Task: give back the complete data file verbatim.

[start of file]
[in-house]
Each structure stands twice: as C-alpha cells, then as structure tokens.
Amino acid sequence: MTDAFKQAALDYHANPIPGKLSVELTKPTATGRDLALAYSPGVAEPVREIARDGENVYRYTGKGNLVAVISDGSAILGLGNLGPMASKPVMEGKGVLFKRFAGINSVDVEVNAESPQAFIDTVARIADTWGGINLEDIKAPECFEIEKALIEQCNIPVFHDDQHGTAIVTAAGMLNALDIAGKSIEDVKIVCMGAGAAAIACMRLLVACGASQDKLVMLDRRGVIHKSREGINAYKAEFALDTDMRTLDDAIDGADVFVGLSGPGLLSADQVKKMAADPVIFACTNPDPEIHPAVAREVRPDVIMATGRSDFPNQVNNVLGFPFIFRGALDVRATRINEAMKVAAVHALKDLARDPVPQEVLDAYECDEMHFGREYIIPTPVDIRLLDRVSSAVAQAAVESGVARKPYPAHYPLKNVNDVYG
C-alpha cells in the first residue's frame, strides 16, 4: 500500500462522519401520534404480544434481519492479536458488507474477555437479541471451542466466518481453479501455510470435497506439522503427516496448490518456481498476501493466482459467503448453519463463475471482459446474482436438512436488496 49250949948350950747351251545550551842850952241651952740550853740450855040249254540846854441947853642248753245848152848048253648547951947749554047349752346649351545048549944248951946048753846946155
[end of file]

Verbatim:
[in-house]
Each structure stands twice: as C-alpha cells, then as structure tokens.
Amino acid sequence: MTDAFKQAALDYHANPIPGKLSVELTKPTATGRDLALAYSPGVAEPVREIARDGENVYRYTGKGNLVAVISDGSAILGLGNLGPMASKPVMEGKGVLFKRFAGINSVDVEVNAESPQAFIDTVARIADTWGGINLEDIKAPECFEIEKALIEQCNIPVFHDDQHGTAIVTAAGMLNALDIAGKSIEDVKIVCMGAGAAAIACMRLLVACGASQDKLVMLDRRGVIHKSREGINAYKAEFALDTDMRTLDDAIDGADVFVGLSGPGLLSADQVKKMAADPVIFACTNPDPEIHPAVAREVRPDVIMATGRSDFPNQVNNVLGFPFIFRGALDVRATRINEAMKVAAVHALKDLARDPVPQEVLDAYECDEMHFGREYIIPTPVDIRLLDRVSSAVAQAAVESGVARKPYPAHYPLKNVNDVYG
C-alpha cells in the first residue's frame, strides 16, 4: 500500500462522519401520534404480544434481519492479536458488507474477555437479541471451542466466518481453479501455510470435497506439522503427516496448490518456481498476501493466482459467503448453519463463475471482459446474482436438512436488496 49250949948350950747351251545550551842850952241651952740550853740450855040249254540846854441947853642248753245848152848048253648547951947749554047349752346649351545048549944248951946048753846946155